Thank you again for your interest in [insert your company name here]. It really is a great place to work! Check this out: [Link to something that proves that the client is a great employer. Press release, blog post, news item, et cetera.]

Sincerely,

John Q Recruiter

 

P.S. You might have an interest in this. ;-)

 [link to a jobhunting resource with useful jobhunting tips]

This template is a polite way to say no and retain the confidence of the candidate with whom the recruiter is trying to build a relationship. More importantly, it does not demoralize someone who might be in the midst of a frustrating job search. To further push the positive candidate experience agenda, consider the post script.

The other job-hunting resources linked to in the postscript could be a template that job seekers use when replying to recruiters who solicit them for jobs they are not a match for. This communicates to the jobseeker that you are empathetic to them as a highly sought-after candidate and that you are not like other recruiters, spamming for candidate gold.  You and your organization are not about wasting someone’s time and that reflects well on your employer brand.

Dear Recruiter,

Thank you for contacting me about [insert job title here]. With respect, I must decline any interest in that opportunity and ask that you remove me from consideration. However, I do hope this does not conclude our relationship. Feel free to contact me for opportunities of which I am reasonably capable of performing.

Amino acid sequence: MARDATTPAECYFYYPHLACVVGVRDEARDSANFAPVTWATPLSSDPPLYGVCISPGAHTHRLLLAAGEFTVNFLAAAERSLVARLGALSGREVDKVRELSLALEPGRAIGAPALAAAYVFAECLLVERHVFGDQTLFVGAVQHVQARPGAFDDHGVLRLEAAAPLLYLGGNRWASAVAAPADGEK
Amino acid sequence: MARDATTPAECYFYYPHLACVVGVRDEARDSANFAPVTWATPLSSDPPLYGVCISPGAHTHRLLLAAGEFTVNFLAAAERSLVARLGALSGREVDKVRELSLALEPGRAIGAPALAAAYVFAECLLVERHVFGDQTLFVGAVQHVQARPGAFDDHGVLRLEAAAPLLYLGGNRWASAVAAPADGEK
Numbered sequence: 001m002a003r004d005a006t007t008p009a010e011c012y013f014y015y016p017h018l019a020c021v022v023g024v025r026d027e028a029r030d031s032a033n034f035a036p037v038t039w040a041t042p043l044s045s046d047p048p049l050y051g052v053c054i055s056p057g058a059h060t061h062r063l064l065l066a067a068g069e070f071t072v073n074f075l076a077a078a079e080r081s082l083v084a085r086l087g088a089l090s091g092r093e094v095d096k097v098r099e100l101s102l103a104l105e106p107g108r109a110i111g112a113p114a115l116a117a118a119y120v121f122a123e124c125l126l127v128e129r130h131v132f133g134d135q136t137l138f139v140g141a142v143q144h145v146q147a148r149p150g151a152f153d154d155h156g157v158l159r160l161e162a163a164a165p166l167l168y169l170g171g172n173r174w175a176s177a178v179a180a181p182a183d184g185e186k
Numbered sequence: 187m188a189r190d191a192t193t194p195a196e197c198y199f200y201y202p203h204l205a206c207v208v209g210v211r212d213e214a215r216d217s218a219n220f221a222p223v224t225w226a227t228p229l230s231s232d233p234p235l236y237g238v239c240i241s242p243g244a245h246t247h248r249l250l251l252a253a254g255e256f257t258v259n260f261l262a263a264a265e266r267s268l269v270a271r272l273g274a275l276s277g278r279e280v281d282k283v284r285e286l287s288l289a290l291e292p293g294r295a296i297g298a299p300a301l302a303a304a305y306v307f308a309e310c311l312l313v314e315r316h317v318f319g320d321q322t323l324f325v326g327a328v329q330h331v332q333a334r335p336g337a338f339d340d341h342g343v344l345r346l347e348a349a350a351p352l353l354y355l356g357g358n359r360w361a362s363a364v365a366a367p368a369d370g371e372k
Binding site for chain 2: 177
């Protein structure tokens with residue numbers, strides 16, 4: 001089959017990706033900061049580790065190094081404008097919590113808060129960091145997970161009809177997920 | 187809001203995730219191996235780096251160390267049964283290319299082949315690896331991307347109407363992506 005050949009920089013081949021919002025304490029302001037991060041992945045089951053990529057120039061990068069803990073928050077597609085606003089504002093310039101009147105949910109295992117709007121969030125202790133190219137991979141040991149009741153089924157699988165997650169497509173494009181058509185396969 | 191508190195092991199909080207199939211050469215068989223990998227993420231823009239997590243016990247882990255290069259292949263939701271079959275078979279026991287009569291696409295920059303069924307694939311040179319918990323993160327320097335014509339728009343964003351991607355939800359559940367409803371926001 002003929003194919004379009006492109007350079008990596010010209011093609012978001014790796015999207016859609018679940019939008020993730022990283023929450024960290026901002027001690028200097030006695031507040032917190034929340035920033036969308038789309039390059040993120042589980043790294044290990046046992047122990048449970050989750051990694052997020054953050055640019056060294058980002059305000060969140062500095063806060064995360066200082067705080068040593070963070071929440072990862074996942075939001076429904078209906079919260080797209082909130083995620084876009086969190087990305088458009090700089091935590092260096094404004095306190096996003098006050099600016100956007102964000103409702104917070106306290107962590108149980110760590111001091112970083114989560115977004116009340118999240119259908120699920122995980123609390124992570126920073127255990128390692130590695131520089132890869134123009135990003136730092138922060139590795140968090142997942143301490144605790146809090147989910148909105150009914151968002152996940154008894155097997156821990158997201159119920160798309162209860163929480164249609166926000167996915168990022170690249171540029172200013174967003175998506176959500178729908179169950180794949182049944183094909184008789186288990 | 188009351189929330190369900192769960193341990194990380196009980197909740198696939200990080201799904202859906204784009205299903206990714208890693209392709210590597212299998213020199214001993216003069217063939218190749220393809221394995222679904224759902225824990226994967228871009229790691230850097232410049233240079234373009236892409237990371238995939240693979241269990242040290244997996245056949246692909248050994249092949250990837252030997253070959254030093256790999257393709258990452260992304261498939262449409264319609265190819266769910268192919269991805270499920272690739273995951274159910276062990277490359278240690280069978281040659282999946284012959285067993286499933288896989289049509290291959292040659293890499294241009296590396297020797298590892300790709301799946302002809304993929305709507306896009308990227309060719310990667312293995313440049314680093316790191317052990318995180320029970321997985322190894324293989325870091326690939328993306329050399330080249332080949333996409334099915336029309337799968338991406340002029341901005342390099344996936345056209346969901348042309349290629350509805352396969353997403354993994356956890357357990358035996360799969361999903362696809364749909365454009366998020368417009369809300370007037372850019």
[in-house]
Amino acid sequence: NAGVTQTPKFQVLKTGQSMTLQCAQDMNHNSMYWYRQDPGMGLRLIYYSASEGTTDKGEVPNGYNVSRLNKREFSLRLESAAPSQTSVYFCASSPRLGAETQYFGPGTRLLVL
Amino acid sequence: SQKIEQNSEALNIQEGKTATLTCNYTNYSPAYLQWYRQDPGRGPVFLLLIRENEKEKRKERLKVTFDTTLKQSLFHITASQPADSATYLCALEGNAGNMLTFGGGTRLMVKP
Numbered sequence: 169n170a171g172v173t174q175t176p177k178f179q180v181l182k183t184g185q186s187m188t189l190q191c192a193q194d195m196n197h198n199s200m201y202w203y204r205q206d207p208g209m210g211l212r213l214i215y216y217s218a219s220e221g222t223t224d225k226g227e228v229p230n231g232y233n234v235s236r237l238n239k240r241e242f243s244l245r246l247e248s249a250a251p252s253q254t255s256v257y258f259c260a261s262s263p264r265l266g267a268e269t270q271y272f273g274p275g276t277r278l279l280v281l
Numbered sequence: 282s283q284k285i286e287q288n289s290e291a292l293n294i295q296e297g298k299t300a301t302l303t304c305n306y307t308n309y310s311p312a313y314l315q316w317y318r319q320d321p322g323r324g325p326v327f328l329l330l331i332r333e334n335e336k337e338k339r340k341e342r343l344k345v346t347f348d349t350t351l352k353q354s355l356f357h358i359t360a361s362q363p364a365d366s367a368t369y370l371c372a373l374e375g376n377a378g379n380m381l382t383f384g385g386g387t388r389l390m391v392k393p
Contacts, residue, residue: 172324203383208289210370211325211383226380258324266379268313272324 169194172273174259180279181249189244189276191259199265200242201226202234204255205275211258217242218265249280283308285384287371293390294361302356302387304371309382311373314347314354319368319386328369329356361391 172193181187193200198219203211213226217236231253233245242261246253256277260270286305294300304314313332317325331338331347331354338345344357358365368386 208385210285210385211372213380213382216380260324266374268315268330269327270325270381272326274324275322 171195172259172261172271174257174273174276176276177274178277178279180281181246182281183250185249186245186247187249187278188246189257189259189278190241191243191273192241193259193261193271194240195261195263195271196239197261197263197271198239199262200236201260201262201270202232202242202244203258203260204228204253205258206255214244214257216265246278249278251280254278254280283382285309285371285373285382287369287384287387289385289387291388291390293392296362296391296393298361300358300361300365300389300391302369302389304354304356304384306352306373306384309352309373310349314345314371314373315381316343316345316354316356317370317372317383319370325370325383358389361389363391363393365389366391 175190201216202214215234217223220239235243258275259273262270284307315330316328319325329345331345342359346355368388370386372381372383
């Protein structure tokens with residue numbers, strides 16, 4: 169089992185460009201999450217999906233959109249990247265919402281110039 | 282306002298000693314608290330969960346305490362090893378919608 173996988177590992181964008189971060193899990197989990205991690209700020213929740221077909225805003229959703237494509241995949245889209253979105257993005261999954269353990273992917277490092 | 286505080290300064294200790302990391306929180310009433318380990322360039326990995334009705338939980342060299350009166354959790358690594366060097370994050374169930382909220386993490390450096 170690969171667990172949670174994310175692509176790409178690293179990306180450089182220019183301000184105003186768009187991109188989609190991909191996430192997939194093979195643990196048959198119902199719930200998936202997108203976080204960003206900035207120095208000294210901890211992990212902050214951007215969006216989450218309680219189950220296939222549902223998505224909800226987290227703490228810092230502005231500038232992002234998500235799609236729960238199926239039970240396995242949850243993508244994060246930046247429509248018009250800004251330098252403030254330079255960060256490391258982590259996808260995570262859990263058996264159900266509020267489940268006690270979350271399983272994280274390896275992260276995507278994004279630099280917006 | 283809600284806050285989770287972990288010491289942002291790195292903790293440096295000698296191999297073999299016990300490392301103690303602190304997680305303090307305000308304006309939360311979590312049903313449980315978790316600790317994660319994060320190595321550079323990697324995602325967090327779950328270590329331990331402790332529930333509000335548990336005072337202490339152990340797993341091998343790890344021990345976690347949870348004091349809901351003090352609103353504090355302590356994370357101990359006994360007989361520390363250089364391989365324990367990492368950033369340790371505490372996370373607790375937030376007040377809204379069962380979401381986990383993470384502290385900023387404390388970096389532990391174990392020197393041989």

Please use the following job titles as a point of reference:

    • Job Title I
    •  Job Title 2
    •  Job title 3

Although my preference is to work from home, I am open to relocation. Specific areas of interest are:

    • City 1
    • City 2
    • City 3

To save us both some time, I have an interest in companies focused on [Fill in the industry of your choice] who foster a culture of [Describe a cultural attribute you like. For example, a devotion to diversity, equity and inclusion.] and allow me to [work virtually / promote work-life balance / whatever floats your boat].

My most notable professional achievements are:

    • Bragging right 1
    • Bragging right 2
    • Bragging right 3

I am not interested in jobs that:

    • Add your criteria. (For example... require managing teams greater than four.) 
    • Add your criteria. (For example... require extensive travel.)

Finally, I have also researched the most common interview questions and prepared statements on each. I understand that this could help expedite the recruitment process. I will make this available to you should an opportunity you present capture my attention. For your information, some of the questions addressed are:

    • How do you handle stressful situations and working under pressure?
    • What are you like working in a team?
    • What has been your biggest professional disappointment / achievement so far?

I appreciate your time and consideration.

Sincerely,

Your Name

When Virgin Media pursued a positive candidate experience, they added millions of dollars to their enterprise. How much money could your company generate with a positive candidate experience? How much more would this bolster your employer brand? A great deal.